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LCQ7: Provision of recreation and sports activities for people with disabilities

     Following is a question by the Hon Kenneth Chan and a written reply by the Secretary for Home Affairs, Mr Tsang Tak-sing, in the Legislative Council today (October 22):


     Earlier on, a study report on "Sports for All: Participation of people with physical disabilities" pointed out that people with disabilities (PWDs) encountered various difficulties in using sports facilities provided by the Leisure and Cultural Services Department (LCSD) and participating in sports activities organised by LCSD. Regarding the promotion of PWDs' participation in sports activities, will the Government inform this Council:

(1) whether the authorities organised any sports activities for PWDs on the Sport for All Day in the past three years; if they did, of the number of PWDs participating in such sports activities; if not, whether the authorities will consider organising such sports activities on the Sport for All Day;

(2) of the nature of and the number of participants in the sports activities organised by the authorities for PWDs in each of the past three years; whether the authorities have considered organising territory-wide sports competitions for PWDs with reference to the mode of the Hong Kong Games; if they have, of the details; if not, the reasons for that;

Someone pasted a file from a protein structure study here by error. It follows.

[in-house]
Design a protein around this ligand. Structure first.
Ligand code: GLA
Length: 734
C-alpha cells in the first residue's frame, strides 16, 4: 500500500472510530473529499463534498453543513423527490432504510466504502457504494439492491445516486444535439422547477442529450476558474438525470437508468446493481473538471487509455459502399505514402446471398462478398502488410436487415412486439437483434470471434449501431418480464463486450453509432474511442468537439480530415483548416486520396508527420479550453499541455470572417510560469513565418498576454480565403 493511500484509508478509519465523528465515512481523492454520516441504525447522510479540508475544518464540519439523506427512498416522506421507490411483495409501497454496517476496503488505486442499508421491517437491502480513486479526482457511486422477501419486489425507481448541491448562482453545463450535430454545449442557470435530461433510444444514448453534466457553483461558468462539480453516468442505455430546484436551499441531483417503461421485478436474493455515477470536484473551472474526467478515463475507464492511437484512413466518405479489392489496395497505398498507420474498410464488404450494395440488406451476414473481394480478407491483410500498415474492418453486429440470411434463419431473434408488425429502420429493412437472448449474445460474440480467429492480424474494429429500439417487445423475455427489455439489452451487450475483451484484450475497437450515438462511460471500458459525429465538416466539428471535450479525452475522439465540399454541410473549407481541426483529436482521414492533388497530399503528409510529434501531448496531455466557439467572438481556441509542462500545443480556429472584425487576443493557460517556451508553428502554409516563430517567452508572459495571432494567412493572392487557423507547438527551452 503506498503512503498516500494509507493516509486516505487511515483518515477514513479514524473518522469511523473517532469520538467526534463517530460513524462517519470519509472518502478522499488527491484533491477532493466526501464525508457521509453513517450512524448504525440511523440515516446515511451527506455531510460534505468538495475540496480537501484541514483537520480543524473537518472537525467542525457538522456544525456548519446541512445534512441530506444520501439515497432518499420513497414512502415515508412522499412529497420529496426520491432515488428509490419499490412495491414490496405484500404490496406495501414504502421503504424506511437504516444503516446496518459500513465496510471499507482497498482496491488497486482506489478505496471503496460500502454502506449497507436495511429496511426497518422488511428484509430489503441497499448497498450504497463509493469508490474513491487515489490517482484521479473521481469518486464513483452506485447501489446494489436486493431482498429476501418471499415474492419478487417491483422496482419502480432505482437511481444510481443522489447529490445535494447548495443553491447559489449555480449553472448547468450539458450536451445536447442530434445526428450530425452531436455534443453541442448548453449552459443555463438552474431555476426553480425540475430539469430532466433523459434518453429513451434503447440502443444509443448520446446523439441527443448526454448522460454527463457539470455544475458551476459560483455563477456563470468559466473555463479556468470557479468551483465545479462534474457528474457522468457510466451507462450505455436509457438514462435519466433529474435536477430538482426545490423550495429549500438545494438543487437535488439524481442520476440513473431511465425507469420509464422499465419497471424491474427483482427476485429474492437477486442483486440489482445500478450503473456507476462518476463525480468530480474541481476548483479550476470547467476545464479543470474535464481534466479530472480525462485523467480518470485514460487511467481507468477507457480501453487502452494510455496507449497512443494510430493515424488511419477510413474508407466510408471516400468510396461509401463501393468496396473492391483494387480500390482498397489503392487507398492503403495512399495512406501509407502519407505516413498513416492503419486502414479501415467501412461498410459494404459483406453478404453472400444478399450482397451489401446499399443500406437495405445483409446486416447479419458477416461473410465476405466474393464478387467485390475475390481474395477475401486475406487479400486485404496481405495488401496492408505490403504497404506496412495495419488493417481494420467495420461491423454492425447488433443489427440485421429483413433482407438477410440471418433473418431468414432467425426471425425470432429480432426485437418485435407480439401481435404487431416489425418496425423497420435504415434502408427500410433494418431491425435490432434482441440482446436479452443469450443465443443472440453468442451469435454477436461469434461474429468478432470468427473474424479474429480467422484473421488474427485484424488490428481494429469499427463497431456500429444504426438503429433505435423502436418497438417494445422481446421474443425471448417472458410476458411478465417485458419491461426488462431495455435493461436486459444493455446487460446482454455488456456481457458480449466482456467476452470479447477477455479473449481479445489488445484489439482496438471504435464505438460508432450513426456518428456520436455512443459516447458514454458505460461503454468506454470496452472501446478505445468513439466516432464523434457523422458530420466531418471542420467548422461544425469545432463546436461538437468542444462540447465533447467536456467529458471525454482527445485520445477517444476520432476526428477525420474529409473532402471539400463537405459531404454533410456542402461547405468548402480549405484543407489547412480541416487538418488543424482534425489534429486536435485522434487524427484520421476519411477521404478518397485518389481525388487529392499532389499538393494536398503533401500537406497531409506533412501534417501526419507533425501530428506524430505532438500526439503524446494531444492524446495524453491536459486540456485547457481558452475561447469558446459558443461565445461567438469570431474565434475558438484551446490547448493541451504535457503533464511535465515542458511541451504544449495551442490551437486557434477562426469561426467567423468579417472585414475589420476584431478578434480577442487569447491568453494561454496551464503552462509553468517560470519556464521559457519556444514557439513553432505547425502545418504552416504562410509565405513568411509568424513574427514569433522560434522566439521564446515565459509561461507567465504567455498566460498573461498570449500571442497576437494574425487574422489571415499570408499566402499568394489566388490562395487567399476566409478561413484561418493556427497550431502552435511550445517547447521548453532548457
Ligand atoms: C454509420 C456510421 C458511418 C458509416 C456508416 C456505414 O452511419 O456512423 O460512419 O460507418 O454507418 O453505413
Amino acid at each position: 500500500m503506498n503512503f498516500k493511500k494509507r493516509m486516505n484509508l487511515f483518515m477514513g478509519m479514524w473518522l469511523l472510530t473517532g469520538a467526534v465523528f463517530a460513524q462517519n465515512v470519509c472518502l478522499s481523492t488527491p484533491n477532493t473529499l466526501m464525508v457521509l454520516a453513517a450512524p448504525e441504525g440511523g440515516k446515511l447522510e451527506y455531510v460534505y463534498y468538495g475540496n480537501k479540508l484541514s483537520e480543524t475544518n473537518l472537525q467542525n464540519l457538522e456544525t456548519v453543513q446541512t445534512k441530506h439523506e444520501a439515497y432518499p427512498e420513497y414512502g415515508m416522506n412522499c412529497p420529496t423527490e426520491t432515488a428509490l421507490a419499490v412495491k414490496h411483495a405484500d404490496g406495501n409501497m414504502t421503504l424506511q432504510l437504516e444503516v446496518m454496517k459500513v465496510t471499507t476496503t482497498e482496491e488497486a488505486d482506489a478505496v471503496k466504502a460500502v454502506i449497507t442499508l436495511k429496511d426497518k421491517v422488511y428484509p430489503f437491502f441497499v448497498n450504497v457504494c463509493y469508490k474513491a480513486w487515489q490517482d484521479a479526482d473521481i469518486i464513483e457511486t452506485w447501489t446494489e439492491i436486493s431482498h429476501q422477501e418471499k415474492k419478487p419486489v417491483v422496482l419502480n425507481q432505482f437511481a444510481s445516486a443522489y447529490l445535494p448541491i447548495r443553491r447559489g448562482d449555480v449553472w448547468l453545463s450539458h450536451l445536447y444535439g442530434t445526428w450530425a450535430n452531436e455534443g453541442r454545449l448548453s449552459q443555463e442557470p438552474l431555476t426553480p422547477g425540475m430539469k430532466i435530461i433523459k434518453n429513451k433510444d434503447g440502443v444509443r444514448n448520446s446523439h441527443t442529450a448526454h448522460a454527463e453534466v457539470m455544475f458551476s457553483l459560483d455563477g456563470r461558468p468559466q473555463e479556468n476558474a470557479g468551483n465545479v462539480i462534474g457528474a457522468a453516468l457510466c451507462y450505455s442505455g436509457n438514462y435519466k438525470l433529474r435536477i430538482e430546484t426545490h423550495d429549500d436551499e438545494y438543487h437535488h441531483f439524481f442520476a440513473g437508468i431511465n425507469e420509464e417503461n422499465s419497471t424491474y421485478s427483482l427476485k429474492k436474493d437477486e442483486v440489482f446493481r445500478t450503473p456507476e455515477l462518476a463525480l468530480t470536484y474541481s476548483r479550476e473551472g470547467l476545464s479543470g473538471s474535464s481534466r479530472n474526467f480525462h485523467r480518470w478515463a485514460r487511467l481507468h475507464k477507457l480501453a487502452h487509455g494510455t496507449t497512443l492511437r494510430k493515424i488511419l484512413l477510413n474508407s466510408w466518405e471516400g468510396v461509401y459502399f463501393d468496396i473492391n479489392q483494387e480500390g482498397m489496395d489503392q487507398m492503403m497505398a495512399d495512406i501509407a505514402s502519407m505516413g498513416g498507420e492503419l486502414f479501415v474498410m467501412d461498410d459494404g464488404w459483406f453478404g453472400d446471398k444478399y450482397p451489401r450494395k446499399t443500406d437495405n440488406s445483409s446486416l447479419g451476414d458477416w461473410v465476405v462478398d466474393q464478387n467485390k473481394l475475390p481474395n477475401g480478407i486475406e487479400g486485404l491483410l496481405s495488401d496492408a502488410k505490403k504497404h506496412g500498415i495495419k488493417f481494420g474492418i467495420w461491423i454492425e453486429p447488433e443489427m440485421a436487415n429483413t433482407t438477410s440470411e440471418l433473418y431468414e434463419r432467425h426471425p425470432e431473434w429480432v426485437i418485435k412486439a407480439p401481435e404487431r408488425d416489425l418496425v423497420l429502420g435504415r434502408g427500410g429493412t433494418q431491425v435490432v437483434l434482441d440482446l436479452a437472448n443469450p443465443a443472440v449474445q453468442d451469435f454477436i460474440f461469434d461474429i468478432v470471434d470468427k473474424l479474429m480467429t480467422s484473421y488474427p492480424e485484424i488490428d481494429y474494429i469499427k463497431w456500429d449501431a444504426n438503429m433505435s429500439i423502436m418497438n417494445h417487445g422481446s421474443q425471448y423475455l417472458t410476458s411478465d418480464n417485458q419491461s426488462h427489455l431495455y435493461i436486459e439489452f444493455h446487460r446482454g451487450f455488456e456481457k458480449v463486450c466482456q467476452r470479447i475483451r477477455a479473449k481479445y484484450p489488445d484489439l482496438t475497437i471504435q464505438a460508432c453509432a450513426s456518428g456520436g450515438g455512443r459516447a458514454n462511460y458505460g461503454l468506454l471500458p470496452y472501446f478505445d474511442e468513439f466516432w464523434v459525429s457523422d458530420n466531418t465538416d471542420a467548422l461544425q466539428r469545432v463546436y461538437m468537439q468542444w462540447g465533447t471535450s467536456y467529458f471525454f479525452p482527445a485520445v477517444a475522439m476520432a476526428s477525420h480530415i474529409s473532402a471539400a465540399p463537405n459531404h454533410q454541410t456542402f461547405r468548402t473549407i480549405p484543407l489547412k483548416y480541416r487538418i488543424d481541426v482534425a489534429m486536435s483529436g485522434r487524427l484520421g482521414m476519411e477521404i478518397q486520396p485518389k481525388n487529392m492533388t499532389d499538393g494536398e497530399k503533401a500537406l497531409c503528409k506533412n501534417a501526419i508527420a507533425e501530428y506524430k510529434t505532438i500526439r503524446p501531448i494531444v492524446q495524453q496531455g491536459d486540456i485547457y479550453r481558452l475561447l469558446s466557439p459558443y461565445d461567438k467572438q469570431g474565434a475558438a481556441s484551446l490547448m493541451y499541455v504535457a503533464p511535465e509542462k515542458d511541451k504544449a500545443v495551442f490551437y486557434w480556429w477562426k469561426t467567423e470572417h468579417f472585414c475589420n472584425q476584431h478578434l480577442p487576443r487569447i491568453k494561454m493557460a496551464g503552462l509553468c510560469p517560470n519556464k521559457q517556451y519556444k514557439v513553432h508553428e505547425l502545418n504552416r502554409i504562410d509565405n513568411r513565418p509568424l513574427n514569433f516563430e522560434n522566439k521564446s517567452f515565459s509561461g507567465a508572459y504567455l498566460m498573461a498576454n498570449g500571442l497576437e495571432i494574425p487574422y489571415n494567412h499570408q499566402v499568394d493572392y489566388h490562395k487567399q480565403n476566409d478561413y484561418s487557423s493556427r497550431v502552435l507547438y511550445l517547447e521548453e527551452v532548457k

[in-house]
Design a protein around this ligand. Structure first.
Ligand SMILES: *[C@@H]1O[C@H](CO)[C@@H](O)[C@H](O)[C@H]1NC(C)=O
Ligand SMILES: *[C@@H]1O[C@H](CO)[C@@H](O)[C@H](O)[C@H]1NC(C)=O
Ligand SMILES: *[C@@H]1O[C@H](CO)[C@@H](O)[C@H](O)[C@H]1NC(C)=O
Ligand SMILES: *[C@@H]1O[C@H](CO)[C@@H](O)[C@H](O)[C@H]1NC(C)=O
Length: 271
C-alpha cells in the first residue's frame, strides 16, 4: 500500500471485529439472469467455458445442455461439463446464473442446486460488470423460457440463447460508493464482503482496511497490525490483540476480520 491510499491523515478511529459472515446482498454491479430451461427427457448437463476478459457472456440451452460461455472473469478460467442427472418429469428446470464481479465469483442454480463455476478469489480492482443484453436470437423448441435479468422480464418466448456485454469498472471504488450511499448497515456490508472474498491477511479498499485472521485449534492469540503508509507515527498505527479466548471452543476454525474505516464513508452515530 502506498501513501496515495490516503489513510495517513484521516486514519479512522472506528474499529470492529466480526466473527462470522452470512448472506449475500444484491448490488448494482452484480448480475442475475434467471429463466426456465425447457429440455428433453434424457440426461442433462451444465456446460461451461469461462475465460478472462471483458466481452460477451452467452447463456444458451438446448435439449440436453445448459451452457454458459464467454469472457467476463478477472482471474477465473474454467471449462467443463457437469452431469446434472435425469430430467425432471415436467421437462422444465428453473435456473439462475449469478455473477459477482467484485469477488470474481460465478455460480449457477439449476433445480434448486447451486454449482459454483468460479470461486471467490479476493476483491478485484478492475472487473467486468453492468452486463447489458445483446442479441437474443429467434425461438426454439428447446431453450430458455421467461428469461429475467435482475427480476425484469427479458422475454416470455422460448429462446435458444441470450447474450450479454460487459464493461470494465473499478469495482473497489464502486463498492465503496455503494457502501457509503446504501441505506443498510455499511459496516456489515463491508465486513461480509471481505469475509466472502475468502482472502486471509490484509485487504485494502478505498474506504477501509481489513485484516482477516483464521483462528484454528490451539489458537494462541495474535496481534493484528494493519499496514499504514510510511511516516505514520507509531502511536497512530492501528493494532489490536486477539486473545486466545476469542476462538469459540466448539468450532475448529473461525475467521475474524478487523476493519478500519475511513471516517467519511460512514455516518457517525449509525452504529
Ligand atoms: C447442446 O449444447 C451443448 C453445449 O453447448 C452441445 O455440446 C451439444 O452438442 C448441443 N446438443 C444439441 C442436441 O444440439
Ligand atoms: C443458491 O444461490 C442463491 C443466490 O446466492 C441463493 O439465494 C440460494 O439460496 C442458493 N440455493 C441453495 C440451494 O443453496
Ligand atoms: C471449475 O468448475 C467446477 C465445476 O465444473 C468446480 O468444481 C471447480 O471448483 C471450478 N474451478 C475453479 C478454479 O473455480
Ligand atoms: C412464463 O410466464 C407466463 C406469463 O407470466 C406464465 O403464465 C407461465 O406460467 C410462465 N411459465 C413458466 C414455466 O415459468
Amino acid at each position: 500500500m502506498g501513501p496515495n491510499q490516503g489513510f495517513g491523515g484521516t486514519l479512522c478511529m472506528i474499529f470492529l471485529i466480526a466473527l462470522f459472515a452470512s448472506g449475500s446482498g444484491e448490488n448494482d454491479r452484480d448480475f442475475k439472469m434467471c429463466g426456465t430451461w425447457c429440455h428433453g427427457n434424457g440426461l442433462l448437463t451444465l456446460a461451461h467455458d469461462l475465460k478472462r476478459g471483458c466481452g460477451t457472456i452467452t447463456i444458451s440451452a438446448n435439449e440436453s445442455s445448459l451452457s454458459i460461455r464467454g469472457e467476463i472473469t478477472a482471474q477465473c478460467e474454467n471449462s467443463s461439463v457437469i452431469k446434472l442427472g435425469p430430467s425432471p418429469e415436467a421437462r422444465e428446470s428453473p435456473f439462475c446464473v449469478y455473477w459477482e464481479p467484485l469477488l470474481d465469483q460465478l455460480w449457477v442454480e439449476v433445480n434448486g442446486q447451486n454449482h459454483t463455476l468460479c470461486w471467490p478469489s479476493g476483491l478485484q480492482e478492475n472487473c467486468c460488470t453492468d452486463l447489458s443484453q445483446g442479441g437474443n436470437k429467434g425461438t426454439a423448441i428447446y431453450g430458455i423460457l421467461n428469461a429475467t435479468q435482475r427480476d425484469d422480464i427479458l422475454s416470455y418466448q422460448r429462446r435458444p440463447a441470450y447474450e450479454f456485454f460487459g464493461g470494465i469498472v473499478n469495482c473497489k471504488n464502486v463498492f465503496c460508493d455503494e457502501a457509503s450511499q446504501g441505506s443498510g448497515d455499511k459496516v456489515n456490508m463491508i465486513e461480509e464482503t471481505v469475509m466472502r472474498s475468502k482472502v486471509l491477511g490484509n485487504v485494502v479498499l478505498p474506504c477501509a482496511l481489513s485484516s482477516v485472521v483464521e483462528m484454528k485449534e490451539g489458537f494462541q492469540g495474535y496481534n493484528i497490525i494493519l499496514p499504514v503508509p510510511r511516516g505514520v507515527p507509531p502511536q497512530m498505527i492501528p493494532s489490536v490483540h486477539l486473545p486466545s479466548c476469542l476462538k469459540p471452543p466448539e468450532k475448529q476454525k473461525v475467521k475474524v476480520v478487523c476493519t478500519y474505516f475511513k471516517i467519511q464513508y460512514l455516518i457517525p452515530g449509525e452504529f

(3) whether LCSD currently provides ancillary equipment for PWDs, such as canoes suitable for use by people with physical disabilities, to assist them in participating in sports activities; if it does, of the details; if not, the reasons for that;

(4) whether LCSD has provided its full-time and part-time staff with training, information or guidelines on assisting PWDs in participating in sports activities; if it has, of the details; if not, the reasons for that;

(5) of the details of the existing barrier-free facilities provided for PWDs, including the visually impaired, the hearing impaired and the physically handicapped, in the various sports facilities managed by LCSD; whether the authorities will consider allocating additional resources to improve the barrier-free facilities in various sports facilities; if they will, of the details; if not, the reasons for that;